The New Jersey Department of Transportation (DOT) will reexamine Monroe Township’s potential weight restriction for Cranbury Station Road.
The weight restriction is part of Monroe’s truck ban ordinance enforcing no more than 8 tons on commercial trucks that are permitted to travel on Cranbury Station Road.
For the ban to go into effect it needs both county and state approval.
Cranbury Township officials now await the DOT’s decision set to come down in July, after the department’s Bureau of Traffic Engineering (BTE) conducts its own traffic study and field investigation. The BTE will analyze the new data during June.
State officials also stated that supporting resolutions must also be submitted in the reinvestigation from municipalities that would be affected by the ban.
“We were actually quite surprised with the DOT’s decision. We thought this was a done deal. I am not pleased that they are reexamining one of the three county roads,” Cranbury Mayor Matt Scott said. “I am still perplexed as to why they reconsidered it. We are still optimistic that the state’s prior decision will uphold during this reexamination. The DOT will require a resolution from the adjoining towns to approve the restriction which will not do.”
He added that the issue needs a regional approach to a solution and the traffic study might not accurately showcase traffic because of COVID-19.
“In theory truck traffic might be there, but there will not be as much car traffic. I question the integrity of the study if you are going to do it during COVID-19,” Scott said. “We need to work with the companies on truck traffic, work with the state on a solution and bring everyone to the table. Right now we are not happy with this current decision. I will be doing everything I can as mayor to maintain Cranbury’s quality of life, so that the roads are not inundated with truck traffic.”
DOT officials had decided in late April to not approve Monroe’s truck ban ordinance that, if approved, would have put weight restrictions on Cranbury Station Road, Prospect Plains Road and Cranbury-Half Acre Road, all of which are county routes.
State Transportation Commissioner Diane Gutierrez-Scaccetti stated in a May 22 letter to Middlesex County, Cranbury and Monroe officials, that DOT would revisit the restriction for just Cranbury Station Road.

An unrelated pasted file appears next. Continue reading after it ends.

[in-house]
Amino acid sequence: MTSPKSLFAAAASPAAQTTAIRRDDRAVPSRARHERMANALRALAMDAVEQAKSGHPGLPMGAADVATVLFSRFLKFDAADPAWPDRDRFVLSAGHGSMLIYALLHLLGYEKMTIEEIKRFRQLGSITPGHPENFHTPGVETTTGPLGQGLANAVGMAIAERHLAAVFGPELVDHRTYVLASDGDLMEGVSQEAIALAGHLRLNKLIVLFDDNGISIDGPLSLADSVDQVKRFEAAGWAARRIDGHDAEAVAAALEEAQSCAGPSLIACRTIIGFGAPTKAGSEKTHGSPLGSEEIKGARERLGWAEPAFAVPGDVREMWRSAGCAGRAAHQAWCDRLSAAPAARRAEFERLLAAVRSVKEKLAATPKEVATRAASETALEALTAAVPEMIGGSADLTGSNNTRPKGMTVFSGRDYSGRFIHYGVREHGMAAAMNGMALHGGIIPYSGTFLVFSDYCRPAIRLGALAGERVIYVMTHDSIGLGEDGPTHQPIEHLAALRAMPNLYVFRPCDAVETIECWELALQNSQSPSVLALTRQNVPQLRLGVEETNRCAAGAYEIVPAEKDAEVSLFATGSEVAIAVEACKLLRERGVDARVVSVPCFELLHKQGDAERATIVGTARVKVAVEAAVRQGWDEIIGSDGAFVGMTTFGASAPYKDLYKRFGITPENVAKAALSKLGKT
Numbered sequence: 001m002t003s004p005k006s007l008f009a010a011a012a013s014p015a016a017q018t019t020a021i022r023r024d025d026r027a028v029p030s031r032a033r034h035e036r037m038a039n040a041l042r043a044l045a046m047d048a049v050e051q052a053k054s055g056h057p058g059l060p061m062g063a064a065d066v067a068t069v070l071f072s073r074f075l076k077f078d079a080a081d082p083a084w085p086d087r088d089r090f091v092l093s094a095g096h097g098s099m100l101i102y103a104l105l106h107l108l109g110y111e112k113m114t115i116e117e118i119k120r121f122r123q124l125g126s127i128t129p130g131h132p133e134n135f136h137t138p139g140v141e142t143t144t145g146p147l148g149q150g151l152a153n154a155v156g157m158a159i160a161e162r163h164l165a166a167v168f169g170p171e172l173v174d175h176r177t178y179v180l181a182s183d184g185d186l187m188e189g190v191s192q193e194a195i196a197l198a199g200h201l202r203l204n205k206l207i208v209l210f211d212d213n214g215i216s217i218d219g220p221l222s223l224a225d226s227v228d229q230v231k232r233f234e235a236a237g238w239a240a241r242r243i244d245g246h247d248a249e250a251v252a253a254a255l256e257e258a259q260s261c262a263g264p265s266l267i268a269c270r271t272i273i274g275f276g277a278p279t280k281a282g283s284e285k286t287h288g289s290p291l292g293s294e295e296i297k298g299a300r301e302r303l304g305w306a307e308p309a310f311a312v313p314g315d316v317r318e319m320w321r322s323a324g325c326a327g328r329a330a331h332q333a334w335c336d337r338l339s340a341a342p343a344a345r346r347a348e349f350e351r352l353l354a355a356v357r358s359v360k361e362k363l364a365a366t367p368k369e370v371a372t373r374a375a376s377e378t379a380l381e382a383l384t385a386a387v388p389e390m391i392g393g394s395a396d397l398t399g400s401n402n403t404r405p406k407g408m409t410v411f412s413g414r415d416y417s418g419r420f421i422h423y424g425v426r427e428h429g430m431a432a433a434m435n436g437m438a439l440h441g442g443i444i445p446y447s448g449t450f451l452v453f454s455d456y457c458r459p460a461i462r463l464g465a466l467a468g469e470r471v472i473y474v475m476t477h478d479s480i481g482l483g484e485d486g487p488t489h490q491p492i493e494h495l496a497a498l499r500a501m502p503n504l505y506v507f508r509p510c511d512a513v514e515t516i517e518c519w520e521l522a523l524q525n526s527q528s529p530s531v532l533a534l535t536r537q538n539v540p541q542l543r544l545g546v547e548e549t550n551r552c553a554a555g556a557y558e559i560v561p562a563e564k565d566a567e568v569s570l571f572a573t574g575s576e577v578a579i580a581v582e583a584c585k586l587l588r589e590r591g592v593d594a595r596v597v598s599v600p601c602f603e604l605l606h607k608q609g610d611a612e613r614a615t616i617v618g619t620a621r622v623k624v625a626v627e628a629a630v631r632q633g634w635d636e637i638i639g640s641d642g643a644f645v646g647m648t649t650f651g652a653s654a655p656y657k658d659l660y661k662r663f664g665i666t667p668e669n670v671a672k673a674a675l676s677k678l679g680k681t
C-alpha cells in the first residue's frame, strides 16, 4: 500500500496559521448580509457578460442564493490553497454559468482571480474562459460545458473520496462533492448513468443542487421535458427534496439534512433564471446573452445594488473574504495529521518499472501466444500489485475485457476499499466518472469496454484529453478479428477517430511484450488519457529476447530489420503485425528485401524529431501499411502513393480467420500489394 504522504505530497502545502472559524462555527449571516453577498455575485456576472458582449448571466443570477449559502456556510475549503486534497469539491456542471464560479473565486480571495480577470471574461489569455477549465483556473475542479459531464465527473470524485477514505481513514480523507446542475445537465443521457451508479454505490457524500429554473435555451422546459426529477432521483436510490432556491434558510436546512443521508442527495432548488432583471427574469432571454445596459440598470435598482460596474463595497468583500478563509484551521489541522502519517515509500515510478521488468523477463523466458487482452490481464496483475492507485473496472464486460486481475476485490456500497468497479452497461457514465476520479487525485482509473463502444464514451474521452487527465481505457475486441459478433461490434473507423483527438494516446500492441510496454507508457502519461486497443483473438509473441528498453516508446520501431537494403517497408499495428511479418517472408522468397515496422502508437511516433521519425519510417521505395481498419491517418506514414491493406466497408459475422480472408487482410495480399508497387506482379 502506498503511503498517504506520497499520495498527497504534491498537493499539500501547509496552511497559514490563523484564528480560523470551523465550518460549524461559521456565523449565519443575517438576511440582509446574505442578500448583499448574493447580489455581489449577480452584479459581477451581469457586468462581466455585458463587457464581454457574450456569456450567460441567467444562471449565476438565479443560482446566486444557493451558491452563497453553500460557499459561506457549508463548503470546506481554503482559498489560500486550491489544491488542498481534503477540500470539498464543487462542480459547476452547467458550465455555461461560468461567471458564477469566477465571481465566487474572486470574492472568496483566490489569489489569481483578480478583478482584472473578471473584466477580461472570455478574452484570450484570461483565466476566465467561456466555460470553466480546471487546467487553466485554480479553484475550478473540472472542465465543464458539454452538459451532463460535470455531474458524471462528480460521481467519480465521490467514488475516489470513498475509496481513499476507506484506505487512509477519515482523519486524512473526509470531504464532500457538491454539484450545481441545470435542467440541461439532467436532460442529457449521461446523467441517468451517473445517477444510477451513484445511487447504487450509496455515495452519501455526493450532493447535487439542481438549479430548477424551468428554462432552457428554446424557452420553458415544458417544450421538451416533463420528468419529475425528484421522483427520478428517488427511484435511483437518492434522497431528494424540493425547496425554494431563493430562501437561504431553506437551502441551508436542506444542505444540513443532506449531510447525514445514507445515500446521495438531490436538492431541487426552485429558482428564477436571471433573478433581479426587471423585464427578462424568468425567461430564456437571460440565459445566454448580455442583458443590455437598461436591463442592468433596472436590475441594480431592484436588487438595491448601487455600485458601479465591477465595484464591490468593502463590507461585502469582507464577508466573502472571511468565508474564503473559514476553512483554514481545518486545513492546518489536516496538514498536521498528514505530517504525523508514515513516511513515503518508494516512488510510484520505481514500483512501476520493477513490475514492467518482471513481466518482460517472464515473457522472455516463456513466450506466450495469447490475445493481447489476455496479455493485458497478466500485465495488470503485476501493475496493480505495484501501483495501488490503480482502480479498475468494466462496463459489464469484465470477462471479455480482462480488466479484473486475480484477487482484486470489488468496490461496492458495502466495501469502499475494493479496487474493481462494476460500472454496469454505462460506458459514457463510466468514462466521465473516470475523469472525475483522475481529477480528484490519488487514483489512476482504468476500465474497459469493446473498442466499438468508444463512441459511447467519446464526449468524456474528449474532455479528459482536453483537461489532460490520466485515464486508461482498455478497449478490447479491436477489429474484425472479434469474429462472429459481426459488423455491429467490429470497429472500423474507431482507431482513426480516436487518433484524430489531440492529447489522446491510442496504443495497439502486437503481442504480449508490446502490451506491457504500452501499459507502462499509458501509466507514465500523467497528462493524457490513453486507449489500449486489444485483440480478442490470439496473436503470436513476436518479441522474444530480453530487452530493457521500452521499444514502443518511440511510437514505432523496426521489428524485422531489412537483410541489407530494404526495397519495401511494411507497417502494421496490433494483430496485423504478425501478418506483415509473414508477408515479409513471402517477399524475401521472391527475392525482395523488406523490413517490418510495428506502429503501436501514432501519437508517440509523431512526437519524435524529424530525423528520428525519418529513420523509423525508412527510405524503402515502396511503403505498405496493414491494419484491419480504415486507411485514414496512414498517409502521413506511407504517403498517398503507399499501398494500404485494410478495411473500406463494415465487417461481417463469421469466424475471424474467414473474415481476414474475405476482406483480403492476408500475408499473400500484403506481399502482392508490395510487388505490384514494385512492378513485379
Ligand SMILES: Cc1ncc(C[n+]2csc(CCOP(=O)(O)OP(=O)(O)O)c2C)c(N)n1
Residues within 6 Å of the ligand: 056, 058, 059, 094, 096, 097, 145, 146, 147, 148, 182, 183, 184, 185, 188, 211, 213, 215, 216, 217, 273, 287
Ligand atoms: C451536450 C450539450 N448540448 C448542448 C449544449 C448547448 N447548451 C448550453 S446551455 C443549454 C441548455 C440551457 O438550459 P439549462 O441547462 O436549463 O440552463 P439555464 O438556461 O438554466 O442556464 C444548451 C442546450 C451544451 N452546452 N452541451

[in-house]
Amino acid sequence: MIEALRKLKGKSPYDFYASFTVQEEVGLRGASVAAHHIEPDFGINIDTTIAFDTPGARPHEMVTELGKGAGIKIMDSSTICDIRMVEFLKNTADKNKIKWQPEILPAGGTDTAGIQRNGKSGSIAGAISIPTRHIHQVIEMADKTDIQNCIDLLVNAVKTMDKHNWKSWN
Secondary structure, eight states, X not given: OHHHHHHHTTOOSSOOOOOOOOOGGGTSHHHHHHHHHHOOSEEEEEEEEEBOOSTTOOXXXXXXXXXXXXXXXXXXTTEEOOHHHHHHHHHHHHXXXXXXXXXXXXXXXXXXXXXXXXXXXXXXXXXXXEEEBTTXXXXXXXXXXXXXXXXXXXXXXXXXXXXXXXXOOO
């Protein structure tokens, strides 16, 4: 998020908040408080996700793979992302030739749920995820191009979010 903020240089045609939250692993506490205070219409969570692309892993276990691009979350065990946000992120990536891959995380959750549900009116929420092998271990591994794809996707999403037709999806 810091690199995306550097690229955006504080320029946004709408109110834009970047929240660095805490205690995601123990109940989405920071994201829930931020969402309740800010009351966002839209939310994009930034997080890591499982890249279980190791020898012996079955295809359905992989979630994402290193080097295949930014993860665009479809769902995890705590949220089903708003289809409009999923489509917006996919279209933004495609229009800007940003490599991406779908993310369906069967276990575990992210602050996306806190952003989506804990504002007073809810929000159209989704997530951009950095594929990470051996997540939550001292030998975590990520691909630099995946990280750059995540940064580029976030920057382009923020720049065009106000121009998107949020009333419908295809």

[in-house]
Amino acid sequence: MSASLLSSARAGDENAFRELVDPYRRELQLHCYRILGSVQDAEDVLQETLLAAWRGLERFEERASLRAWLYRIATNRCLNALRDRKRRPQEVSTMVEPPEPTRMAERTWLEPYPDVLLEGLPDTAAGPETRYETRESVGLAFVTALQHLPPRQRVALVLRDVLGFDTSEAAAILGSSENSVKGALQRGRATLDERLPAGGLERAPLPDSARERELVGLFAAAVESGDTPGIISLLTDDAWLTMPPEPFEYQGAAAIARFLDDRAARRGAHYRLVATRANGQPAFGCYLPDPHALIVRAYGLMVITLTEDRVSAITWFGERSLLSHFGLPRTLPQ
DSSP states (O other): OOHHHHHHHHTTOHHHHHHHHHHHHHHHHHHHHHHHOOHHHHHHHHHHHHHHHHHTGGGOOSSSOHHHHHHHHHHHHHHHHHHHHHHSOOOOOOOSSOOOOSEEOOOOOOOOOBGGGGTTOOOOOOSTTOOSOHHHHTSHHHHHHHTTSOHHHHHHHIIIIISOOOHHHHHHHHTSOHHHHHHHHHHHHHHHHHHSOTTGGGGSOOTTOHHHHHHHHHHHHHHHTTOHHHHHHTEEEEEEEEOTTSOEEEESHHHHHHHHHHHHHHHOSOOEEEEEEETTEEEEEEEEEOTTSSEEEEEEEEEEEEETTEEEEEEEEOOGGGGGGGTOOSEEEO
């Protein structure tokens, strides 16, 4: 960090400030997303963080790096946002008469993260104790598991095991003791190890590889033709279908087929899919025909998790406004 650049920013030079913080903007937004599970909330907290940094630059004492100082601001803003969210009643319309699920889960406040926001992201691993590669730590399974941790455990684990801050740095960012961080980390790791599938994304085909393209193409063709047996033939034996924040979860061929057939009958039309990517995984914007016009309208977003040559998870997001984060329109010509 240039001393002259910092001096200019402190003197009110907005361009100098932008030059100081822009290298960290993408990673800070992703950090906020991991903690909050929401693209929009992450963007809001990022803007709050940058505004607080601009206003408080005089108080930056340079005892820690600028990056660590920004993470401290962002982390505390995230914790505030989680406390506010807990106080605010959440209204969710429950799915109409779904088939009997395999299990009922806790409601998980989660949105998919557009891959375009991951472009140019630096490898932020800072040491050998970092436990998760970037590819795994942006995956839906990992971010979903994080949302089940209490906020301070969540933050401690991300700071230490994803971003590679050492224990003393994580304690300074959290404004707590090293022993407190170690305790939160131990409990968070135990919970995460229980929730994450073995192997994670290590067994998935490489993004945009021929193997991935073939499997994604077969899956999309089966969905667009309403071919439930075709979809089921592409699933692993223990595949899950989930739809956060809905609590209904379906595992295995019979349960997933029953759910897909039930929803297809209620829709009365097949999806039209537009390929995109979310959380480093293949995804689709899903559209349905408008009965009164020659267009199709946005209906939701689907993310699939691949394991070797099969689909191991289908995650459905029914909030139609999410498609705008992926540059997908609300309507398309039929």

“We are pleased the state Department of Transportation is considering our proposed truck traffic ban on Cranbury Station Road, a critical step in our ongoing effort to remove trucks weighing more than 8 tons on three major arteries in Monroe that connect into Cranbury,” Monroe Mayor Gerald Tamburro said. “Unfortunately, government does not move as quickly as we all would like, but this is an important key step.
Tamburro added that he is hopeful about a final resolution.
“I am optimistic that the state, county and municipality can all work together on a fair and final resolution to the concerns of residents living near all three roads who have been dealing with this unnecessary and growing truck problem for years,” he said.
Cranbury Committeeman James Taylor stated that a ban would significantly increase traffic on Cranbury roads and Route 130.
“The DOT itself highlighted that a ban enacts a circuitous route for truck traffic. In simple terms Cranbury roadways and Route 130 will experience exponential increases in traffic if the ban is adopted as trucks bound for Monroe will not risk the time delay of being stopped and missing delivery windows,” he said. “It is an established fact that thousands of cars a day travel between Monroe and Cranbury from points originating in Monroe and now the trucks originating and destined for locations will come into Cranbury.”
Taylor added that Cranbury’s health, safety and quality of life will be irreparably harmed by if the ban proceeds.
“Our narrow roadways cannot handle this volume of traffic. I am disappointed that our county engineer at the request of the freeholders would appeal the DOT ruling based on questionable data provided by Monroe and ignore the information we have submitted,” he said.